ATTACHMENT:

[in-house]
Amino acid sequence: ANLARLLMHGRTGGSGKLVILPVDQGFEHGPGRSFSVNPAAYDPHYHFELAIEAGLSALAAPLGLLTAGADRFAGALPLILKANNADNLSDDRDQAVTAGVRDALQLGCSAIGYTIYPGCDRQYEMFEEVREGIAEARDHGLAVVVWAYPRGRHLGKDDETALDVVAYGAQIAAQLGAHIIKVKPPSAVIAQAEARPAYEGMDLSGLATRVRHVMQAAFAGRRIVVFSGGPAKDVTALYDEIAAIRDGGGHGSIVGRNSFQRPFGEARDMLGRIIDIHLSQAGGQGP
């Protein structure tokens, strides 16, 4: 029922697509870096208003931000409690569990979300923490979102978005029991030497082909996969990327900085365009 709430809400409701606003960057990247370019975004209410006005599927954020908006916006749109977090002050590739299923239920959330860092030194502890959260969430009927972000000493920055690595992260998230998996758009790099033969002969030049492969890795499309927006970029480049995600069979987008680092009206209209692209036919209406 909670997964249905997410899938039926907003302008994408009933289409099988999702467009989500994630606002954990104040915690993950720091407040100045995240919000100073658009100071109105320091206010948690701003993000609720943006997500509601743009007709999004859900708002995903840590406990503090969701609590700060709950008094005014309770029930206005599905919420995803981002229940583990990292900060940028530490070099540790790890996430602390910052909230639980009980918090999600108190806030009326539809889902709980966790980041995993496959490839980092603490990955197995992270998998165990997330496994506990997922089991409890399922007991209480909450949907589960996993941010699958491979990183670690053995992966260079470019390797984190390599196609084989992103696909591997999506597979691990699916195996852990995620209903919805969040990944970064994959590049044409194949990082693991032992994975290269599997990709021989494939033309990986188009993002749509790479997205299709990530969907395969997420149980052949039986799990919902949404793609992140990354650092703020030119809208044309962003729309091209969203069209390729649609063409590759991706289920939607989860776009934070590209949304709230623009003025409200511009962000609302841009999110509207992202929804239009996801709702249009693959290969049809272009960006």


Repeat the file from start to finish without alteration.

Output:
[in-house]
Amino acid sequence: ANLARLLMHGRTGGSGKLVILPVDQGFEHGPGRSFSVNPAAYDPHYHFELAIEAGLSALAAPLGLLTAGADRFAGALPLILKANNADNLSDDRDQAVTAGVRDALQLGCSAIGYTIYPGCDRQYEMFEEVREGIAEARDHGLAVVVWAYPRGRHLGKDDETALDVVAYGAQIAAQLGAHIIKVKPPSAVIAQAEARPAYEGMDLSGLATRVRHVMQAAFAGRRIVVFSGGPAKDVTALYDEIAAIRDGGGHGSIVGRNSFQRPFGEARDMLGRIIDIHLSQAGGQGP
């Protein structure tokens, strides 16, 4: 029922697509870096208003931000409690569990979300923490979102978005029991030497082909996969990327900085365009 709430809400409701606003960057990247370019975004209410006005599927954020908006916006749109977090002050590739299923239920959330860092030194502890959260969430009927972000000493920055690595992260998230998996758009790099033969002969030049492969890795499309927006970029480049995600069979987008680092009206209209692209036919209406 909670997964249905997410899938039926907003302008994408009933289409099988999702467009989500994630606002954990104040915690993950720091407040100045995240919000100073658009100071109105320091206010948690701003993000609720943006997500509601743009007709999004859900708002995903840590406990503090969701609590700060709950008094005014309770029930206005599905919420995803981002229940583990990292900060940028530490070099540790790890996430602390910052909230639980009980918090999600108190806030009326539809889902709980966790980041995993496959490839980092603490990955197995992270998998165990997330496994506990997922089991409890399922007991209480909450949907589960996993941010699958491979990183670690053995992966260079470019390797984190390599196609084989992103696909591997999506597979691990699916195996852990995620209903919805969040990944970064994959590049044409194949990082693991032992994975290269599997990709021989494939033309990986188009993002749509790479997205299709990530969907395969997420149980052949039986799990919902949404793609992140990354650092703020030119809208044309962003729309091209969203069209390729649609063409590759991706289920939607989860776009934070590209949304709230623009003025409200511009962000609302841009999110509207992202929804239009996801709702249009693959290969049809272009960006």